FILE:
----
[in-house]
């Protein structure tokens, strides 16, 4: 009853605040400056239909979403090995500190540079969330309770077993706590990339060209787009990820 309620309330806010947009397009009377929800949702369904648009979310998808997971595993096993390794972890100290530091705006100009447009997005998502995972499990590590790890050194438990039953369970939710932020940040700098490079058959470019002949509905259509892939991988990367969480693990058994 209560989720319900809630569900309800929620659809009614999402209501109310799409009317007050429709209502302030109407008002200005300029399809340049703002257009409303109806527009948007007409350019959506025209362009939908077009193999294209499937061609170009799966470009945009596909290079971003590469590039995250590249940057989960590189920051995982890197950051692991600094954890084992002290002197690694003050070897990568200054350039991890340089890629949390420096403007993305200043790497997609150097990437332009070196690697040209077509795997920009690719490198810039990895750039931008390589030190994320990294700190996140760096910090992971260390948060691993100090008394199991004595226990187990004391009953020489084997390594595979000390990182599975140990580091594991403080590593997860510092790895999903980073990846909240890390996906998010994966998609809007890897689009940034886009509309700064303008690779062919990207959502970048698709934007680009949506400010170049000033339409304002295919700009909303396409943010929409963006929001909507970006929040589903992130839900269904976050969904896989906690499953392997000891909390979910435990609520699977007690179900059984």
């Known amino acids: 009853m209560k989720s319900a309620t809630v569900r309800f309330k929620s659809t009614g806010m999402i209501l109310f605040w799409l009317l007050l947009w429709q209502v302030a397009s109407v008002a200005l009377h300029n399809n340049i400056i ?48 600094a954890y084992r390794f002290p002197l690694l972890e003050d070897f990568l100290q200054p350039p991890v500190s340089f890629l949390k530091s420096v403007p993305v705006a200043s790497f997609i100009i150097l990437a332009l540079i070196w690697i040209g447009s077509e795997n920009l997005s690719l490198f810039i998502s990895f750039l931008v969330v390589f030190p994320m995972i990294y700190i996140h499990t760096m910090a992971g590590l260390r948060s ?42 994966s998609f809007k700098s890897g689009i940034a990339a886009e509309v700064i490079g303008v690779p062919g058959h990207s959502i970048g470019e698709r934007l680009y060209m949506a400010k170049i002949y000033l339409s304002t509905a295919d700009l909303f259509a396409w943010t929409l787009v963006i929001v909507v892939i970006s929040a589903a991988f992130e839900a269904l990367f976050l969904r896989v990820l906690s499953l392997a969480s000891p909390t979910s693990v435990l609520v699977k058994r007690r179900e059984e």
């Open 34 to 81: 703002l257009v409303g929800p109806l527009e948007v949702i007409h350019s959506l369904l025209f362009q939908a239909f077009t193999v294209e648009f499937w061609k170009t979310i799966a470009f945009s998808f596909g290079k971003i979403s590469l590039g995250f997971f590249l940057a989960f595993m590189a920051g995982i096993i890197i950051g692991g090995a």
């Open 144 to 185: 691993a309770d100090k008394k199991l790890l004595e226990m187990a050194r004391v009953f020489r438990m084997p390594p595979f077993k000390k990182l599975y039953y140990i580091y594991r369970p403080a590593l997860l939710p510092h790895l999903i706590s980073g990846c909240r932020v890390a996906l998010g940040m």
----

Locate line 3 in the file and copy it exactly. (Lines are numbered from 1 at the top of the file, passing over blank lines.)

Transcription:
């Known amino acids: 009853m209560k989720s319900a309620t809630v569900r309800f309330k929620s659809t009614g806010m999402i209501l109310f605040w799409l009317l007050l947009w429709q209502v302030a397009s109407v008002a200005l009377h300029n399809n340049i400056i ?48 600094a954890y084992r390794f002290p002197l690694l972890e003050d070897f990568l100290q200054p350039p991890v500190s340089f890629l949390k530091s420096v403007p993305v705006a200043s790497f997609i100009i150097l990437a332009l540079i070196w690697i040209g447009s077509e795997n920009l997005s690719l490198f810039i998502s990895f750039l931008v969330v390589f030190p994320m995972i990294y700190i996140h499990t760096m910090a992971g590590l260390r948060s ?42 994966s998609f809007k700098s890897g689009i940034a990339a886009e509309v700064i490079g303008v690779p062919g058959h990207s959502i970048g470019e698709r934007l680009y060209m949506a400010k170049i002949y000033l339409s304002t509905a295919d700009l909303f259509a396409w943010t929409l787009v963006i929001v909507v892939i970006s929040a589903a991988f992130e839900a269904l990367f976050l969904r896989v990820l906690s499953l392997a969480s000891p909390t979910s693990v435990l609520v699977k058994r007690r179900e059984e």